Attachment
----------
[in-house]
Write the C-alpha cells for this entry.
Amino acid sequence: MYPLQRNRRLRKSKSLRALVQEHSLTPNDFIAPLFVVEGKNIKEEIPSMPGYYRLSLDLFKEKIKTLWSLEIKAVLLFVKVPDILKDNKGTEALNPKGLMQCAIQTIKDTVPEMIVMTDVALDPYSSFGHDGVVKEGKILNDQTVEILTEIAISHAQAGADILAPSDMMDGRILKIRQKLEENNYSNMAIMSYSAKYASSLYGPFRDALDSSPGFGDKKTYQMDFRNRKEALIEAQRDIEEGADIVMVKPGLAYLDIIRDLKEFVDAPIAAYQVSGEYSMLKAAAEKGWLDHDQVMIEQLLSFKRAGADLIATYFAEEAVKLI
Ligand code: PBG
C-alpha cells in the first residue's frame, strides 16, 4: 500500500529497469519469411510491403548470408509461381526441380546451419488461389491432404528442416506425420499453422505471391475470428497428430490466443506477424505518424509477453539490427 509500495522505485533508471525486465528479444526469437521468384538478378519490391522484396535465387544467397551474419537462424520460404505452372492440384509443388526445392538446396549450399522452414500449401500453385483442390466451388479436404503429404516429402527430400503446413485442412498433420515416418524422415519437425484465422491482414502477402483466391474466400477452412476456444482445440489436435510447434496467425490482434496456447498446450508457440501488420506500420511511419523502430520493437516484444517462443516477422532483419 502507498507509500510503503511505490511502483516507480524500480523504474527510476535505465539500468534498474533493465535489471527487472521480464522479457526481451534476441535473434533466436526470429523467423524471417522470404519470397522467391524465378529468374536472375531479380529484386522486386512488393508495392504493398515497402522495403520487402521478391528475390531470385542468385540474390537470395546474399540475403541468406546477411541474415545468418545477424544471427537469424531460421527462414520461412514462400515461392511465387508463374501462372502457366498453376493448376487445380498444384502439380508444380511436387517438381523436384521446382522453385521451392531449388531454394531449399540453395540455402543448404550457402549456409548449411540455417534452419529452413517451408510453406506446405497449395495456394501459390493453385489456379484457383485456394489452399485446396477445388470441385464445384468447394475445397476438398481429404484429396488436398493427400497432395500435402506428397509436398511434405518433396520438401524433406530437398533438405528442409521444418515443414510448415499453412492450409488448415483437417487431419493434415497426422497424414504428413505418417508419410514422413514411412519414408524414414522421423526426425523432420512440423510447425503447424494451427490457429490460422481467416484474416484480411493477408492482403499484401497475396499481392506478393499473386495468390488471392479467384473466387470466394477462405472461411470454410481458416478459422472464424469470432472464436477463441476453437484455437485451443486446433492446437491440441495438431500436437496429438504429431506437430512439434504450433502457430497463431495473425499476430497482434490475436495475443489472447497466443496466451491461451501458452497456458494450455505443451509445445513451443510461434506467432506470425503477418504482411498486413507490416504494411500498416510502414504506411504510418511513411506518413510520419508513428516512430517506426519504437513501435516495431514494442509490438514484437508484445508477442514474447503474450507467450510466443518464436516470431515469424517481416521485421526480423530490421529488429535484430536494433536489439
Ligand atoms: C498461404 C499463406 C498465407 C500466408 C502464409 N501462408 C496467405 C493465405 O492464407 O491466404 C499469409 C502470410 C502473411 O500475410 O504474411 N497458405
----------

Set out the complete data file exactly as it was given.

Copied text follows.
[in-house]
Write the C-alpha cells for this entry.
Amino acid sequence: MYPLQRNRRLRKSKSLRALVQEHSLTPNDFIAPLFVVEGKNIKEEIPSMPGYYRLSLDLFKEKIKTLWSLEIKAVLLFVKVPDILKDNKGTEALNPKGLMQCAIQTIKDTVPEMIVMTDVALDPYSSFGHDGVVKEGKILNDQTVEILTEIAISHAQAGADILAPSDMMDGRILKIRQKLEENNYSNMAIMSYSAKYASSLYGPFRDALDSSPGFGDKKTYQMDFRNRKEALIEAQRDIEEGADIVMVKPGLAYLDIIRDLKEFVDAPIAAYQVSGEYSMLKAAAEKGWLDHDQVMIEQLLSFKRAGADLIATYFAEEAVKLI
Ligand code: PBG
C-alpha cells in the first residue's frame, strides 16, 4: 500500500529497469519469411510491403548470408509461381526441380546451419488461389491432404528442416506425420499453422505471391475470428497428430490466443506477424505518424509477453539490427 509500495522505485533508471525486465528479444526469437521468384538478378519490391522484396535465387544467397551474419537462424520460404505452372492440384509443388526445392538446396549450399522452414500449401500453385483442390466451388479436404503429404516429402527430400503446413485442412498433420515416418524422415519437425484465422491482414502477402483466391474466400477452412476456444482445440489436435510447434496467425490482434496456447498446450508457440501488420506500420511511419523502430520493437516484444517462443516477422532483419 502507498507509500510503503511505490511502483516507480524500480523504474527510476535505465539500468534498474533493465535489471527487472521480464522479457526481451534476441535473434533466436526470429523467423524471417522470404519470397522467391524465378529468374536472375531479380529484386522486386512488393508495392504493398515497402522495403520487402521478391528475390531470385542468385540474390537470395546474399540475403541468406546477411541474415545468418545477424544471427537469424531460421527462414520461412514462400515461392511465387508463374501462372502457366498453376493448376487445380498444384502439380508444380511436387517438381523436384521446382522453385521451392531449388531454394531449399540453395540455402543448404550457402549456409548449411540455417534452419529452413517451408510453406506446405497449395495456394501459390493453385489456379484457383485456394489452399485446396477445388470441385464445384468447394475445397476438398481429404484429396488436398493427400497432395500435402506428397509436398511434405518433396520438401524433406530437398533438405528442409521444418515443414510448415499453412492450409488448415483437417487431419493434415497426422497424414504428413505418417508419410514422413514411412519414408524414414522421423526426425523432420512440423510447425503447424494451427490457429490460422481467416484474416484480411493477408492482403499484401497475396499481392506478393499473386495468390488471392479467384473466387470466394477462405472461411470454410481458416478459422472464424469470432472464436477463441476453437484455437485451443486446433492446437491440441495438431500436437496429438504429431506437430512439434504450433502457430497463431495473425499476430497482434490475436495475443489472447497466443496466451491461451501458452497456458494450455505443451509445445513451443510461434506467432506470425503477418504482411498486413507490416504494411500498416510502414504506411504510418511513411506518413510520419508513428516512430517506426519504437513501435516495431514494442509490438514484437508484445508477442514474447503474450507467450510466443518464436516470431515469424517481416521485421526480423530490421529488429535484430536494433536489439
Ligand atoms: C498461404 C499463406 C498465407 C500466408 C502464409 N501462408 C496467405 C493465405 O492464407 O491466404 C499469409 C502470410 C502473411 O500475410 O504474411 N497458405